Abstract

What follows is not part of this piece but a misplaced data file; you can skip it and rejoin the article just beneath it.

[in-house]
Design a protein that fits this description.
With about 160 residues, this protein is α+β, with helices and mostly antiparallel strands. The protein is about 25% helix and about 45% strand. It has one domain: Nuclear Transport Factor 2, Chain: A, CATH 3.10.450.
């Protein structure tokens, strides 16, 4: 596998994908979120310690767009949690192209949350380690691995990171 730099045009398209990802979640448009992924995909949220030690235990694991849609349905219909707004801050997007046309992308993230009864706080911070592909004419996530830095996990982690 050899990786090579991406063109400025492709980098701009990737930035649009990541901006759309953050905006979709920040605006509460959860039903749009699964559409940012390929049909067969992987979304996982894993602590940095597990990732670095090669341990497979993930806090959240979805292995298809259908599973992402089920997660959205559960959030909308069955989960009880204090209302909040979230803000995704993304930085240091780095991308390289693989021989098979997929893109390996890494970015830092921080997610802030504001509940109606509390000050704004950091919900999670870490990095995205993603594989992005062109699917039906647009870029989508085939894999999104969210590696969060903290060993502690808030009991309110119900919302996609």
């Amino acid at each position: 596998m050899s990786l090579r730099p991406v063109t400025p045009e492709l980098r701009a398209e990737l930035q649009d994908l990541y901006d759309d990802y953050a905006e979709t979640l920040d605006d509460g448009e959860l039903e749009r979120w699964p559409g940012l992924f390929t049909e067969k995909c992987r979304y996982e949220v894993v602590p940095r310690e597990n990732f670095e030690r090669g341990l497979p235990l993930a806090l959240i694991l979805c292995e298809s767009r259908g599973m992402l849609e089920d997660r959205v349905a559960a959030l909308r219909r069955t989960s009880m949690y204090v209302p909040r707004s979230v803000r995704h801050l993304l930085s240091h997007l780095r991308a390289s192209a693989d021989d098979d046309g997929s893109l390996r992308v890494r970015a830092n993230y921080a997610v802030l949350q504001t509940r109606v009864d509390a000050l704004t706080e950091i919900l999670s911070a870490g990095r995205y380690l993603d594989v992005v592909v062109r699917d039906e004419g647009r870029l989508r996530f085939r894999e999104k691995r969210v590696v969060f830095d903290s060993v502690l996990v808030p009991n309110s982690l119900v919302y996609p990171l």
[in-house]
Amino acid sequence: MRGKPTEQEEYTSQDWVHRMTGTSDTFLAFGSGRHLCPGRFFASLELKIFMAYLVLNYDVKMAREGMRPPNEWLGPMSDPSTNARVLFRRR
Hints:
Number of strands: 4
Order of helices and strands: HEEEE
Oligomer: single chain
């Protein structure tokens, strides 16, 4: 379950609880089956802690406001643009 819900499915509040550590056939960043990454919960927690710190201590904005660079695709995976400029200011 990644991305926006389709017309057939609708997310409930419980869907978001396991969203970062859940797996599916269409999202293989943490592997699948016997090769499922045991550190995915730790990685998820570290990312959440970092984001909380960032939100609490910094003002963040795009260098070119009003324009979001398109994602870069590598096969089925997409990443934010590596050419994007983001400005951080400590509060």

Plants represent a huge reservoir of natural products. A broad series of these compounds now find application for human health. In this respect, the monoterpene indole alkaloids (MIAs), particularly from Madagascar periwinkle, are a prominent example of plant specialized metabolites with an important therapeutic potential. However, the supply of MIA drugs has always been a challenge since the low-yield accumulation in planta. This mainly results from the complex architecture of the MIA biosynthetic pathway that involves several organs, tissue types and subcellular organelles. Here, we describe the most recent advances towards the elucidation of this pathway route as well as its spatial organization in planta. Besides allowing a better understanding of the MIA biosynthetic flux in the whole plant, such knowledge will also probably pave the way for the development of metabolic engineering strategies to sustain the MIA supply.

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